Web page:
Medical treatment and hair transplantation
The medication has been shown to be a useful addition to surgical hair restoration for a number of reasons; it works best in the younger patient who may not yet be a candidate for hair transplantation; it is less effective in the front part of the scalp – the area where surgical hair restoration can offer the greatest cosmetic improvement, it can regrow or stabilize hair loss in the crown where hair transplantation may not always be advised due to limited donor hair.
An estimated 1 million men in the United States take the medicine daily. Most men taking the medicine experienced an increase in hair count, a decrease in hair loss, and an improvement in appearance. It is important, however, to have realistic expectations as results take time. If you are not willing to commit to taking this medication for at least 12 months, it’s probably not worth starting. Secondly, it must be taken on an ongoing basis to maintain the benefit. Those who benefit from both the surgical and medical treatments are most likely in the long run to achieve the best cosmetic result. In addition, men who are already very bald are less likely to benefit from taking it because the hair follicles may not be salvageable. Men who have early thinning in the back and top have a better chance to see some benefit, but as noted above, only for as long as they continue taking the medication.
Important information about pregnancy
As outlined above, the type II 5-alpha reductase inhibitor, works by inhibiting the conversion of testosterone to dihydrotestosterone making this medication extremely useful in treating male pattern baldness. However, because of this ability to affect testosterone, exposure to the medicine could have the potential to cause abnormalities in the sexual organs of male foetuses.
For this reason, women should not take or handle the tablets when they are or may become pregnant as it is known women who genetically lack the enzyme 5 alpha-reductase responsible for the production of DHT tend to have male babies with under developed external genitalia at birth. These children, however, fully develop their genitalia when they enter their teens and start to produce their own male hormones. The medicine could, at least theoretically, produce a similar result in male babies and consequently must be avoided.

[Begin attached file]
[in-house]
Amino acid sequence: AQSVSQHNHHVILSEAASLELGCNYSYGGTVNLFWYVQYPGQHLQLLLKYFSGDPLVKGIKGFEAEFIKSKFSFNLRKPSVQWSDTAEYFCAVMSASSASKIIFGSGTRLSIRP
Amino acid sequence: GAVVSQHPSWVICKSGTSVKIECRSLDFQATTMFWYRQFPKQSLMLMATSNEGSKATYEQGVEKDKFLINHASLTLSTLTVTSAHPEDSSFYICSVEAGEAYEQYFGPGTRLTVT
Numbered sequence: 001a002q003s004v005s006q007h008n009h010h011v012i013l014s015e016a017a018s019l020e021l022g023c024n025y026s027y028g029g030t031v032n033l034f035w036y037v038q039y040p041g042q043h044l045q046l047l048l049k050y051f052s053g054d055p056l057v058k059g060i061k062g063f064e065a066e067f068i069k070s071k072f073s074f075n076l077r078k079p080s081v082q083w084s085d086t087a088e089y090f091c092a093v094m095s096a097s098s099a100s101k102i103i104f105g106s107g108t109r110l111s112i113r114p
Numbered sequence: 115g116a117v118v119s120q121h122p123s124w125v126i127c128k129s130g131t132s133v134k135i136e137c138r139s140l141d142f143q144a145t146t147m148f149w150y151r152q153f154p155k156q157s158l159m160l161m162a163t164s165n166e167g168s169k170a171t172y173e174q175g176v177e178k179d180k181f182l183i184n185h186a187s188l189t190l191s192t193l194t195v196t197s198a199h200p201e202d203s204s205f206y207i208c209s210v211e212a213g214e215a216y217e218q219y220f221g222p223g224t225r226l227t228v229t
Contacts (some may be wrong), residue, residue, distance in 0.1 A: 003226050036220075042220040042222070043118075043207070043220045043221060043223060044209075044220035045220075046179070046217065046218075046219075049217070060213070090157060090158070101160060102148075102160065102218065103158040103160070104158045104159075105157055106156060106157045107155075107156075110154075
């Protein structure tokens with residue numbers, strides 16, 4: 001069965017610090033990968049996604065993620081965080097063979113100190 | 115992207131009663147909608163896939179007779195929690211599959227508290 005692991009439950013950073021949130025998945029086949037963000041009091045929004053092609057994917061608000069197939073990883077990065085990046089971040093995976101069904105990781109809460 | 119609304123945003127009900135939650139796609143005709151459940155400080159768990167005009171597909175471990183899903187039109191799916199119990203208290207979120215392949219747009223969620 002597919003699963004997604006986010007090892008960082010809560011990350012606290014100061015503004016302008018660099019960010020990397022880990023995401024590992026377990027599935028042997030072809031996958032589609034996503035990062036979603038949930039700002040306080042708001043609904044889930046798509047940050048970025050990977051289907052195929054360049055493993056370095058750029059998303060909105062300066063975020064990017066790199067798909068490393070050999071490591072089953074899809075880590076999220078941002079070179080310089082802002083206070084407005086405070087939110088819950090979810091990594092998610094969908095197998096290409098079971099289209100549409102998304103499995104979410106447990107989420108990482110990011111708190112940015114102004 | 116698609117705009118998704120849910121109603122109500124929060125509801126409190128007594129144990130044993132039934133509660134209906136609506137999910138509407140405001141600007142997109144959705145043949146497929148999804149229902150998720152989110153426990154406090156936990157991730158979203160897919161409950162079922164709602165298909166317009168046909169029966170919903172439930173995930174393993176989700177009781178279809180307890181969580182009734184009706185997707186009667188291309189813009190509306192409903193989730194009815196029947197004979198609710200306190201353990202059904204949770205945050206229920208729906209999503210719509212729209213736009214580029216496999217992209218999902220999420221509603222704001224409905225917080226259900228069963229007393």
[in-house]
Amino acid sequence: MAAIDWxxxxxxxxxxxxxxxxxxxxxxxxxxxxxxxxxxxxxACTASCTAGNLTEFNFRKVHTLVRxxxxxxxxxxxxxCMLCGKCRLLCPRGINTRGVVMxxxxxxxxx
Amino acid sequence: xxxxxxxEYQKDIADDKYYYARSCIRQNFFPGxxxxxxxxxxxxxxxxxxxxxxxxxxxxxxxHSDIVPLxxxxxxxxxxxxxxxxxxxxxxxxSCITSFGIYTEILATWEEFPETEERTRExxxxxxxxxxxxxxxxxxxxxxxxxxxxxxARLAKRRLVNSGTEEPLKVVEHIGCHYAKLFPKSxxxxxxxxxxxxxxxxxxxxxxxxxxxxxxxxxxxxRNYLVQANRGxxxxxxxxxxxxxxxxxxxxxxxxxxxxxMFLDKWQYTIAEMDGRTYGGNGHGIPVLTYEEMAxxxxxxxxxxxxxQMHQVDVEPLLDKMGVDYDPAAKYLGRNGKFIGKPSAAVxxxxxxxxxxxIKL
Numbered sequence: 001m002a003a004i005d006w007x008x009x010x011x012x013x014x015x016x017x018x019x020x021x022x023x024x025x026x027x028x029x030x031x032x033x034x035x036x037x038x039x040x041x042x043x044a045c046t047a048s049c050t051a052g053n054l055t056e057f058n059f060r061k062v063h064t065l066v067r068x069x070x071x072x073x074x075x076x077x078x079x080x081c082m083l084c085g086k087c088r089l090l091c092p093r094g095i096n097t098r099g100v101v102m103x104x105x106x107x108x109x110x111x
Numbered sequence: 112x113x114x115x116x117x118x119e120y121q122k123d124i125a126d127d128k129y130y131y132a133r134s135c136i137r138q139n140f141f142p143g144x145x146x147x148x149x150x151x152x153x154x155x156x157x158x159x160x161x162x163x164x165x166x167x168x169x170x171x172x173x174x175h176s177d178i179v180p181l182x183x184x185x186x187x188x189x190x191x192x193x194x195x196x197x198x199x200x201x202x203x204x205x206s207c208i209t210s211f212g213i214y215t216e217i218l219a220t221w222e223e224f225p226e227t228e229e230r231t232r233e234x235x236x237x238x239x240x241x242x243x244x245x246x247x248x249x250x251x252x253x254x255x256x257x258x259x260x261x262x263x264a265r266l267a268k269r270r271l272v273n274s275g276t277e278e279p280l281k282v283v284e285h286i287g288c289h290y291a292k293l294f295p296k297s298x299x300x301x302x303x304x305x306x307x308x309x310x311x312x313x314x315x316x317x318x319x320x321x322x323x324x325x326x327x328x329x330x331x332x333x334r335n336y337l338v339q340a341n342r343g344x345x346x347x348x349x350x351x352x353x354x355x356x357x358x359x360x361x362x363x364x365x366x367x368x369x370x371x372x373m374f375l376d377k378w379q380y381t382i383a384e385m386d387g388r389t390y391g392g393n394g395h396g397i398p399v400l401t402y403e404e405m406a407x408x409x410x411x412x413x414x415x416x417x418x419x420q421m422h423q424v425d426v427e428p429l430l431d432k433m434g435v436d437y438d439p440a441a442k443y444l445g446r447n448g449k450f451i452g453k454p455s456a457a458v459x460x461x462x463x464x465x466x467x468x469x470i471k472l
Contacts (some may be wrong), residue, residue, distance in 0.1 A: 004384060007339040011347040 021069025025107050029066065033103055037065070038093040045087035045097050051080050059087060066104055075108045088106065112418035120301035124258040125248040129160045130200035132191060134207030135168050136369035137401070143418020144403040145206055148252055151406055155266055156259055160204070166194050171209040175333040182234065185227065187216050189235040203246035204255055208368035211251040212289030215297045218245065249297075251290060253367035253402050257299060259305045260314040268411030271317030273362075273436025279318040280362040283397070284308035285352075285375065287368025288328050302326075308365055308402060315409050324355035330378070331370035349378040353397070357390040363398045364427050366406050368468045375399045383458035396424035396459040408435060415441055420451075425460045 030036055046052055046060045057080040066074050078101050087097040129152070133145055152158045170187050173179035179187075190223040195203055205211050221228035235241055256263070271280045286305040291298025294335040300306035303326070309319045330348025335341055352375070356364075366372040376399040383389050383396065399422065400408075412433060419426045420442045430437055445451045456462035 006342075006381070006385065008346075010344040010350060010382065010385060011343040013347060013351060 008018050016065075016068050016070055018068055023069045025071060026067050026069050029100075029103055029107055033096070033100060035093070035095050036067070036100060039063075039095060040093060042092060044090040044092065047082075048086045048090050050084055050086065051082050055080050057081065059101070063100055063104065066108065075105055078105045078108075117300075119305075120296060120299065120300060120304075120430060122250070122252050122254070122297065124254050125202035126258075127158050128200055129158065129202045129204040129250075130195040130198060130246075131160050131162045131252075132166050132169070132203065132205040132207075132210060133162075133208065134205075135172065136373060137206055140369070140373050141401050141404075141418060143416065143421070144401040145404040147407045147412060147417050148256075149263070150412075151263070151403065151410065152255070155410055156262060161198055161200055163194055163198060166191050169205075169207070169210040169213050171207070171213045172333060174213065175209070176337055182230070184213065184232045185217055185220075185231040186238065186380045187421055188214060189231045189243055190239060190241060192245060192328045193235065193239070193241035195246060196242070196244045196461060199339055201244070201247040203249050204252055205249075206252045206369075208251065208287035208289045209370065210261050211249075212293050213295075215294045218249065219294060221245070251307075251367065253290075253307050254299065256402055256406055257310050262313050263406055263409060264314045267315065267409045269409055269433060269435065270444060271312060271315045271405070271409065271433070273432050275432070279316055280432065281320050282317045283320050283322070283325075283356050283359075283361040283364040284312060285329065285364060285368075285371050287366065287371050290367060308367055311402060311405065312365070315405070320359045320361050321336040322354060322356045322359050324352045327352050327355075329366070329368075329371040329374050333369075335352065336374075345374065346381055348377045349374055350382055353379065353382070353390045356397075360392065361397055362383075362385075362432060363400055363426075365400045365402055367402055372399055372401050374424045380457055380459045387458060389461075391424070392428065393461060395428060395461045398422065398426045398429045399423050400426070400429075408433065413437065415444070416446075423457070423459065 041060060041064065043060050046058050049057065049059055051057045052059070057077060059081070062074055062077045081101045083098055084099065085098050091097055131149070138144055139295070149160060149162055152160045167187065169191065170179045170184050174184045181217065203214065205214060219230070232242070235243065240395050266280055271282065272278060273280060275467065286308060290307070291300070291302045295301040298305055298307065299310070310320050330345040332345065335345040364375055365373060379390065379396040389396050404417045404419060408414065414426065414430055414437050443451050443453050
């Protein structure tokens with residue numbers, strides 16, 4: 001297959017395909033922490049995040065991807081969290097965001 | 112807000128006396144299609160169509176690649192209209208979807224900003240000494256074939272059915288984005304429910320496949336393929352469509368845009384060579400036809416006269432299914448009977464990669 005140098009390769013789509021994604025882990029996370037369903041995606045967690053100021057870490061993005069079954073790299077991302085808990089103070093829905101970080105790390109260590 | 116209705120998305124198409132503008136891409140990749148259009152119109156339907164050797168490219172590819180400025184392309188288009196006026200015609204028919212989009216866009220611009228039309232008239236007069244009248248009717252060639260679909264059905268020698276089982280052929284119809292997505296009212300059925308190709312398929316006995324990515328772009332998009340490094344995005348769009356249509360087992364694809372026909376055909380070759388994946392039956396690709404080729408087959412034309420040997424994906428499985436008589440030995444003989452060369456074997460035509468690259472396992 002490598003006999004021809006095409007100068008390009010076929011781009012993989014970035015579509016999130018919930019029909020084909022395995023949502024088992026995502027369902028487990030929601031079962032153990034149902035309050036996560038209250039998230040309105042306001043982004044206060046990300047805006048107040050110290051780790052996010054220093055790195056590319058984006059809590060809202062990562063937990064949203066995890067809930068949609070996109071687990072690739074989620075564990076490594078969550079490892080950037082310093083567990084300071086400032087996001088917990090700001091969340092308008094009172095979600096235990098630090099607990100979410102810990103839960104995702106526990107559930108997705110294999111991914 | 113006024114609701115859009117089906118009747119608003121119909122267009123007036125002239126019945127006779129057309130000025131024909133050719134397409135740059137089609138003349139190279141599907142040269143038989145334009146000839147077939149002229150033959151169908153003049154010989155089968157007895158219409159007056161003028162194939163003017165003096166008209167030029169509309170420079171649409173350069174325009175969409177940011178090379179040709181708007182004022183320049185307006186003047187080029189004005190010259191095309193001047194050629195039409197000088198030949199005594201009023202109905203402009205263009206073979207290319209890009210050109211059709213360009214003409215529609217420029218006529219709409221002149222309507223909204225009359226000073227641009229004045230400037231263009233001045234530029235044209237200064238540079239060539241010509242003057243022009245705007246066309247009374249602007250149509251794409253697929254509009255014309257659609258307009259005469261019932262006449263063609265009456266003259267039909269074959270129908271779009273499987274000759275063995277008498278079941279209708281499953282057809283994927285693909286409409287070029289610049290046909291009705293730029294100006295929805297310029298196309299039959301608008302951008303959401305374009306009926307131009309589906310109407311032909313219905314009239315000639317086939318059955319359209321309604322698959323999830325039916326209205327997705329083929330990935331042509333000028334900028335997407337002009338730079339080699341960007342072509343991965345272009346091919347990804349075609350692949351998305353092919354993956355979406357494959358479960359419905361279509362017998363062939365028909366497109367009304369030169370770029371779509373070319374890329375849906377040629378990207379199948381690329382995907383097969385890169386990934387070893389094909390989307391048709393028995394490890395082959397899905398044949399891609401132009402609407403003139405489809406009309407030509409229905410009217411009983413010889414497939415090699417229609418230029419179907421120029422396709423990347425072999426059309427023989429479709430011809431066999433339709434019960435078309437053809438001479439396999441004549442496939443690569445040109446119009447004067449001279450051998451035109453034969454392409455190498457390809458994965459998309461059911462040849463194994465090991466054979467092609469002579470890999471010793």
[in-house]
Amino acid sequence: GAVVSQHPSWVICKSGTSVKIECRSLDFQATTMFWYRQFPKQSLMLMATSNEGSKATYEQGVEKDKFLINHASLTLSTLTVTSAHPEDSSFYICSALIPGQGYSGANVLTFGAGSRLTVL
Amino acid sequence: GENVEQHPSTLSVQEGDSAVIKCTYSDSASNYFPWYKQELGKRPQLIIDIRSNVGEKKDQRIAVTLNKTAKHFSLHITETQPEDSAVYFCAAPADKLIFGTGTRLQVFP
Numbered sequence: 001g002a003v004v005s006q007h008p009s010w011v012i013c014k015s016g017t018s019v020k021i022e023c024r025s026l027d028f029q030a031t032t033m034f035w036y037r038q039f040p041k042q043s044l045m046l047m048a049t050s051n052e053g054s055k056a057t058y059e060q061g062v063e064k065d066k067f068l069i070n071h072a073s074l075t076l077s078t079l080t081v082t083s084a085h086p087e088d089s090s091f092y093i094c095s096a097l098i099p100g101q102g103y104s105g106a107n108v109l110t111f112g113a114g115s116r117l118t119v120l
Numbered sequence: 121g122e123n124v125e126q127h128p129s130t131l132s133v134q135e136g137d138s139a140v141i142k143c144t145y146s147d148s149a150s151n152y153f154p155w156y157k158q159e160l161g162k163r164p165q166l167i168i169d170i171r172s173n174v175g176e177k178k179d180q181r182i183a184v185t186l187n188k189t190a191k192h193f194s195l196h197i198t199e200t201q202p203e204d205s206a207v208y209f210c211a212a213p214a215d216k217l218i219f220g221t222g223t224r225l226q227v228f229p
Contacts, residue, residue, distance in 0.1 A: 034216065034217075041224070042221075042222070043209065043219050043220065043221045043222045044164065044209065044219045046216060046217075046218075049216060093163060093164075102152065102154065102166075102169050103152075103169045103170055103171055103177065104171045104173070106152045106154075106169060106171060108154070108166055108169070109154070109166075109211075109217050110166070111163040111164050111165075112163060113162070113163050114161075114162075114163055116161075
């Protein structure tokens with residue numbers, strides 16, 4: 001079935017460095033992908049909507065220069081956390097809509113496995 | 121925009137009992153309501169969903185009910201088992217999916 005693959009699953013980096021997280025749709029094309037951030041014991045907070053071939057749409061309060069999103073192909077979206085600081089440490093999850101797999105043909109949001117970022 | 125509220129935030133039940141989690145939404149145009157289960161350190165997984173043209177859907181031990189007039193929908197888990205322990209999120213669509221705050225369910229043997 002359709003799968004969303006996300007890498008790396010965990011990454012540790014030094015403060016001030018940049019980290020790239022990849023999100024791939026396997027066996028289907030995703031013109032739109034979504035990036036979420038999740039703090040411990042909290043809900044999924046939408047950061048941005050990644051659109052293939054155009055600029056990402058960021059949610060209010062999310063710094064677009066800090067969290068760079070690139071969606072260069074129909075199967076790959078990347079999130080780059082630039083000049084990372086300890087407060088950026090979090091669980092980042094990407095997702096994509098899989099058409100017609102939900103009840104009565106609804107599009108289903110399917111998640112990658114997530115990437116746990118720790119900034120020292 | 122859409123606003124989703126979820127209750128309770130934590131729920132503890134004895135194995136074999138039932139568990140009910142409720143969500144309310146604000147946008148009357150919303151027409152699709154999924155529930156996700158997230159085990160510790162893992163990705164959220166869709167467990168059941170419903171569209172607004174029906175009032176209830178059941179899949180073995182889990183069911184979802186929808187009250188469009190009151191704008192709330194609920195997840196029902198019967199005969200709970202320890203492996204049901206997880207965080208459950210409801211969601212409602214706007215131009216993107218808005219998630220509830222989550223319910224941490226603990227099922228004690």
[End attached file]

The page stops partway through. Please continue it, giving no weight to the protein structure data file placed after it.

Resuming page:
Questions have been raised as to whether women who are pregnant or trying to conceive are at any risk if their partner is taking the medicine. To date, animal studies on pregnant monkeys using intravenous doses as high as 800mg/day (which is up to 120 times the highest estimated exposure of women to the drug from the semen of men taking 5mg/day) resulted in no abnormalities at all. However, for peace of mind, to prevent even this tiny theoretical risk, men who are concerned can either stop taking the drug or use barrier contraception to prevent any possible exposure during pregnancy. For further information on the use and avoidance of medications during pregnancy see www.OTISpregnancy.org
Update on Medical treatment for hair loss
Objective overview of medications approved by the FDA in the United States (and other state medical treatment licensing agencies throughout the world) for the prevention and treatment of androgenic hair loss (male pattern hair loss).
Medications are used both in the management of early hair loss and in conjunction with hair transplantation for the treatment of the more advanced stages of this condition. Indeed, some hair surgeons would consider their use a mandatory addition to surgical hair transplantation.
It is generally felt that these treatments are more effective in the 18-41 age group, but exceptions exist and significant benefits from these medications are frequently seen outside this age group.
The most effective of these medications was originally licensed for treatment of benign enlargement of the prostate gland in January 1992 and subsequently licensed for the treatment of male pattern hair loss in December 1997. How it works in both conditions is identical, the inhibition of Type II 5-alpha reductase, an intra-cellular enzyme that converts testosterone to 5-alpha dihydrotestosterone (DHT). Both benign enlargement of the prostate and male hair loss is dependent on the presence of this hormone, which although vital in the genital development of the male foetus, does not appear to have a critical role in the adult male.